One-day symposium, Wednesday 21 April 2021, 8:45am-5pm
Ann Harding Conference Centre, University of Canberra
re)create is a one-day symposium exploring the role of creative art practice in the activation of heritage places, practices and projects. Artists are adept at generating new perspectives on seeing, feeling and thinking. In doing so they play an important role in urging us to consider how we perceive and value the world around us.
(re)create brings together artists, curators, heritage professionals and other researchers to explore the new perspectives that art can bring to heritage interpretation, engagement, community participation and collective problem-solving. Speakers will discuss their involvement in reanimating archives, reimagining histories, place and ecologies, and drawing inspiration from collections and things. Whether it be the activation of dormant seed banks, endangered mammals on the edge of suburbia, or the values of mid-century modern buildings, art has a role to play in how we frame our future heritage.
Stuart Jeffrey (Glasgow School of Art)
Stuart Jeffrey (Glasgow School of Art
Tessa Bell, Elisa de Courcy, Ursula Frederick, Katie Hayne, Cathy Hope, Tracy Ireland, Edwina Jans, Martyn Jolly, Martin Rowney, Joanne Searle, Erica Seccombe, Tim Sherratt, Denise Thwaites, Sharon Veale, Carolyn Young, and Ruth Waller.
Tessa Bell, Elisa de Courcy, Ursula Frederick, Katie Hayne, Cathy Hope, Tracy Ireland, Edwina Jans, Martyn Jolly, Martin Rowney, Joanne Searle, Erica Seccombe, Tim Sherratt, Denise Thwaites, Sharon Veale, Carolyn Young, and Ruth Waller.
Conveners: Ursula Frederick and Tracy Ireland (University of Canberra)
Hosted by the Centre for Creative & Cultural Research (CCCR
Faculty of Arts & Design
University of Canberra
More information and registration:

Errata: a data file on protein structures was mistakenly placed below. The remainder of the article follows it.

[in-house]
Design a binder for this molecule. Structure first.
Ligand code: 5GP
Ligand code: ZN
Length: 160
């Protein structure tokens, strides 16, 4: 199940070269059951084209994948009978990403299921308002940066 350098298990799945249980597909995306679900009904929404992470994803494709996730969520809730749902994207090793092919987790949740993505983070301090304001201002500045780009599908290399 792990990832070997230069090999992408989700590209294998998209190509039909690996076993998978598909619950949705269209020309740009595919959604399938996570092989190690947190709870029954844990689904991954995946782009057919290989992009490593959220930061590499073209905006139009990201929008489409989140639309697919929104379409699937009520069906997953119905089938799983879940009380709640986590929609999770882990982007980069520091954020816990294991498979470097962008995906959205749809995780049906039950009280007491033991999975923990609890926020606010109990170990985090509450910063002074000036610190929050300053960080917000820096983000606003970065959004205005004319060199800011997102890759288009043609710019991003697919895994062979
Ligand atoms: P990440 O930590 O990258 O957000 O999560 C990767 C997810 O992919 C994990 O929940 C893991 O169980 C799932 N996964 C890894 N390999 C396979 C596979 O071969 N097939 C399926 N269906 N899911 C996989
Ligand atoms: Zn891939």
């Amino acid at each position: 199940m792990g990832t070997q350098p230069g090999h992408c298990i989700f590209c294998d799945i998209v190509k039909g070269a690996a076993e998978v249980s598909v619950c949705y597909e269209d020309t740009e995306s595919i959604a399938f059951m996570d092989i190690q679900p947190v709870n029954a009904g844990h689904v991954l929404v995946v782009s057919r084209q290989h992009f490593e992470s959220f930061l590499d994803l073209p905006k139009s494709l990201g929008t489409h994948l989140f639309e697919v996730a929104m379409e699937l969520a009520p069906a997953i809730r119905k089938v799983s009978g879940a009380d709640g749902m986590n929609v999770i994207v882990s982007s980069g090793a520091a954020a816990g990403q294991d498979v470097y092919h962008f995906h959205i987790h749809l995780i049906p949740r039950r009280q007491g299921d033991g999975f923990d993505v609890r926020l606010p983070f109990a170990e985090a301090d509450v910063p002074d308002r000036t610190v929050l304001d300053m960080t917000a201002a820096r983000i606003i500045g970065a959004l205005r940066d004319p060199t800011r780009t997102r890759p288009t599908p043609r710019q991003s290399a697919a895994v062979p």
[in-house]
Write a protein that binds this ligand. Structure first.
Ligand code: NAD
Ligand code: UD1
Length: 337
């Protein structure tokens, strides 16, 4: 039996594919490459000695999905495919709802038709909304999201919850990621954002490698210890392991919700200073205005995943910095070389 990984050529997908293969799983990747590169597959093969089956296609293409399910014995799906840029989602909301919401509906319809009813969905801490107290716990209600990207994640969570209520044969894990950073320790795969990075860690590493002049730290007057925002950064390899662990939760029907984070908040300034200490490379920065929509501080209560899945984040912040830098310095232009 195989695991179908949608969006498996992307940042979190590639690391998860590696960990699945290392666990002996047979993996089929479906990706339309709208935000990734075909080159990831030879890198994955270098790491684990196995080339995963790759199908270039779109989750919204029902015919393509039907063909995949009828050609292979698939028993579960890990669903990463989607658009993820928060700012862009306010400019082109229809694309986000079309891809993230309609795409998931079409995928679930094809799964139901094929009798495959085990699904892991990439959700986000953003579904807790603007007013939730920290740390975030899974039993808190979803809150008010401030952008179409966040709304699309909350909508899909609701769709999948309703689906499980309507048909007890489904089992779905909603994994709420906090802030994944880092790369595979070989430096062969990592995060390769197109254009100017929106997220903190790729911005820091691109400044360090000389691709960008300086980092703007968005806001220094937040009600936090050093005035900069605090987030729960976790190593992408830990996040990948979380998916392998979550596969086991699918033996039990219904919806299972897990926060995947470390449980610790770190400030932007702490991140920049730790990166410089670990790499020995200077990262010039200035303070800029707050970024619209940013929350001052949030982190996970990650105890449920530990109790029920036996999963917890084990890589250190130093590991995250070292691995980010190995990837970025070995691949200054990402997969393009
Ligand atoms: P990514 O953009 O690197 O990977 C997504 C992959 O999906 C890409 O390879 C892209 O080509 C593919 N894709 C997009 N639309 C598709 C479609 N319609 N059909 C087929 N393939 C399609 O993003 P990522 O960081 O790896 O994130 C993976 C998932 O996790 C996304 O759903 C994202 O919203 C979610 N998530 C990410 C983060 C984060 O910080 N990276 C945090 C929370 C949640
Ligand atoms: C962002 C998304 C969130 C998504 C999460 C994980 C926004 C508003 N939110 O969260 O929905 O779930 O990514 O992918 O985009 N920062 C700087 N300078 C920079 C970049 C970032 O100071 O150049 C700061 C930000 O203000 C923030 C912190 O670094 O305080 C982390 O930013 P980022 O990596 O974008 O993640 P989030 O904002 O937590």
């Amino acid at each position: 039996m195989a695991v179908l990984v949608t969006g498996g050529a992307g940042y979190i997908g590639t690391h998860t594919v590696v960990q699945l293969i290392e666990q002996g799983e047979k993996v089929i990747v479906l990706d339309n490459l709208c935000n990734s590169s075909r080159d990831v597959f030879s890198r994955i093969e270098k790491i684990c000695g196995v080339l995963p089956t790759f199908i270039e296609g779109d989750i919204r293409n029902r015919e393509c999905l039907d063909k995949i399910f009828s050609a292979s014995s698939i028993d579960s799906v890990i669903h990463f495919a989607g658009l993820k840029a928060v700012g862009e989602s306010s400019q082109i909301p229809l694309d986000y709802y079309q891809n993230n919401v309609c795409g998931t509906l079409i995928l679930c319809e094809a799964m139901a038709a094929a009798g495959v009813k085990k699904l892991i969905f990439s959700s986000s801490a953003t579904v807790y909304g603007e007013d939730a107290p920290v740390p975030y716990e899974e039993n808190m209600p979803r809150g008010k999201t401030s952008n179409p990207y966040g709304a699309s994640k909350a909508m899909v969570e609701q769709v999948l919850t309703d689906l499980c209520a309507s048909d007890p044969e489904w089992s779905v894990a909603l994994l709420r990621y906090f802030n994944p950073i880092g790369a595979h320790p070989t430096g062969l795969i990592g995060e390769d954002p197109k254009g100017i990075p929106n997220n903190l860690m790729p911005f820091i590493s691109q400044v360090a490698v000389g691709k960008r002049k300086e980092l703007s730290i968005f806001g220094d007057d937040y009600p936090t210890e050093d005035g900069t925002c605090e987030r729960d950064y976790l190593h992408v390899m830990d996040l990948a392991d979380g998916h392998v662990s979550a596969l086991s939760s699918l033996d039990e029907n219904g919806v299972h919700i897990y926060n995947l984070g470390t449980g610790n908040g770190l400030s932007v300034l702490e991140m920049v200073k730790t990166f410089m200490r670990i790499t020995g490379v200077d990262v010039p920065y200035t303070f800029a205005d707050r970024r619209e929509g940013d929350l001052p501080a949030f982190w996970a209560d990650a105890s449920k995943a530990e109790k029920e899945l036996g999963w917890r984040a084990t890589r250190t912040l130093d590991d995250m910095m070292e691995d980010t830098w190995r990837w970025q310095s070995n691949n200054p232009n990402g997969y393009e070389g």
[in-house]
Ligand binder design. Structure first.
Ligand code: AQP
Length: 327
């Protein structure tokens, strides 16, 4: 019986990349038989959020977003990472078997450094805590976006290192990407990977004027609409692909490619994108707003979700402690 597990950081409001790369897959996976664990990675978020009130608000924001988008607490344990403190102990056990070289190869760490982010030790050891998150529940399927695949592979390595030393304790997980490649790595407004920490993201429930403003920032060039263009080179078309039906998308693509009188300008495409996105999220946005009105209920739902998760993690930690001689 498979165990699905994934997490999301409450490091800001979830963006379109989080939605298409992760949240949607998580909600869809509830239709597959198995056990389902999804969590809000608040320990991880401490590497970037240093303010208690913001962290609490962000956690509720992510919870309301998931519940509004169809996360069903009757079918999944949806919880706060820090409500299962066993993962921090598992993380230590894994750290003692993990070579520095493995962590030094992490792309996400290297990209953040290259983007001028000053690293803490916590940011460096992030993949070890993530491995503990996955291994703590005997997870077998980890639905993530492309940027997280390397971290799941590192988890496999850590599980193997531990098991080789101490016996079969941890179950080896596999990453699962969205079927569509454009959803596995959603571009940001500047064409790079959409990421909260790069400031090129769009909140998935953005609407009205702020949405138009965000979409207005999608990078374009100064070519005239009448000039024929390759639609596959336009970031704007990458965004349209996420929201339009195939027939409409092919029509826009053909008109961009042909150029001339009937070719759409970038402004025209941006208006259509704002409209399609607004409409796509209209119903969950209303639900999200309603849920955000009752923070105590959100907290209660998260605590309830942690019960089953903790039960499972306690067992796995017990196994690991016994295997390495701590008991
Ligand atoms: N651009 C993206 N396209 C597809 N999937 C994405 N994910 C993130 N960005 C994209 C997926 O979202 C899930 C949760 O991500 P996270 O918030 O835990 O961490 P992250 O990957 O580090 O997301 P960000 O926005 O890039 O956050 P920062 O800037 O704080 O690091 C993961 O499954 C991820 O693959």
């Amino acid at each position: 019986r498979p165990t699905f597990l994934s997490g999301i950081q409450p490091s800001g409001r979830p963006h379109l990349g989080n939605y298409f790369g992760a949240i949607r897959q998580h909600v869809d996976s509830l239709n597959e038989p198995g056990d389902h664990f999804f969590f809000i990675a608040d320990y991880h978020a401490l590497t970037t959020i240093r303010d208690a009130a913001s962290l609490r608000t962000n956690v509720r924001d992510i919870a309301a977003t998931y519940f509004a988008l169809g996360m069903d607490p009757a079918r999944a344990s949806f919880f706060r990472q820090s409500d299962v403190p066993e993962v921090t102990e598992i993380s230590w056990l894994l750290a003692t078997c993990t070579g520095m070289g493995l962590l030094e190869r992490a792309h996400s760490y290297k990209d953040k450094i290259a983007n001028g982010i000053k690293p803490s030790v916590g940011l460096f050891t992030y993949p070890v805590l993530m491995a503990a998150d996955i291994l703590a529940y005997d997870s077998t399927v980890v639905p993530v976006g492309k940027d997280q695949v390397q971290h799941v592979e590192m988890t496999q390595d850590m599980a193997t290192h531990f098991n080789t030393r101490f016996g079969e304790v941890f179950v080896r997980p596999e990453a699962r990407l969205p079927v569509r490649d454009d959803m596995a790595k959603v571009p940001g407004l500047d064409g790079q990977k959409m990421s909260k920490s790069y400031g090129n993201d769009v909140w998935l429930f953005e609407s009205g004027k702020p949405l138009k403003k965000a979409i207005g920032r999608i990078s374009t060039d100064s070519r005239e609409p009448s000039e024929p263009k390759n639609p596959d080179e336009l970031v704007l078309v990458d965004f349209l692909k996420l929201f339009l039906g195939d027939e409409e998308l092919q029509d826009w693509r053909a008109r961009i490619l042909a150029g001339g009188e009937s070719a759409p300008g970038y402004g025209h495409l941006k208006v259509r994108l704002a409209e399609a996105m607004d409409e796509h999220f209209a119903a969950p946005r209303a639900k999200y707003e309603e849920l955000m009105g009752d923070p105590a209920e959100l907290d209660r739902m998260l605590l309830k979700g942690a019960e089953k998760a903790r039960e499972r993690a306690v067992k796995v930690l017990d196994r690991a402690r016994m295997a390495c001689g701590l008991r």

Image: UK Frederick, Planet X (detail), 2019, chemigram, slide mounts and plastic sleeving
Dr Elisa deCourcy and Dr Martyn Jolly, with Dr Donna West Brett
Thursday 11 March, 6.30pm
In the mid-19th century, daguerreotype portraiture was taking the world by storm. Join historians Dr Elisa deCourcy and Dr Martyn Jolly, in conversation with Dr Donna West Brett, for a discussion on this portrait of Sydney publican Edward McDonald.
Edward McDonald, the publican of the Forth & Clyde hotel at The Rocks, obviously had a strong personality. It still twinkles through his daguerreotype portrait now in the collection of the Chau Chak Wing Museum and featured in The Business of Photography: the 19th century studio in NSW. Our speakers will connect this palm-sized image, captured by JW Newland in 1848, to the intricate local, imperial and global visual economies in which it was embedded.
Thursday 11 March, 6.30pm
Nelson Meers Foundation Auditorium, Chau Chak Wing Museum
A Zoom link will be provided to those attending online.
This article was published in The Magic Lantern Journal, Number 25, December 2020, pp4-7 and was based on a paper read at the conference ‘Camera Education: Photographic Histories of Visual Literacy, Schooling, and the Imagination’, at the Photographic History Research Centre, De Montfort University, Leicester, June 2020.
Among the thousands of magic lantern slides offered up for sale on auction sites every year, there are always hundreds of chromolithographic transfer slides. They are often of hackneyed fairy tales or cliched subjects, so they are not highly sought after. But the fact that they are so readily available, one hundred and twenty years after they were first produced, indicates that they must have played an important role in the visual culture of the period.
One of the biggest producers of these slides was the British firm W. Butcher & Sons. In November 1900 the magic lantern trade journal announced that Butcher’s were:
at present making a special feature of lithographic slides pertaining to the Boer war. Of course slides made by this process cannot for a moment compare with photographic slides, but all things considered they are good of their kind, and with, say, an oil light, will look very well when projected on a screen. These sets of slides are known as the Junior Lecturers’ series, and are sold at a low price.
Like many British magic lantern firms, Butcher’s was vertically integrated. It imported and manufactured apparatus — the ‘device’ — and also produced the imagery which their lanterns would project — the ‘content’. Within a few years they had given the series the brand name ‘Primus’.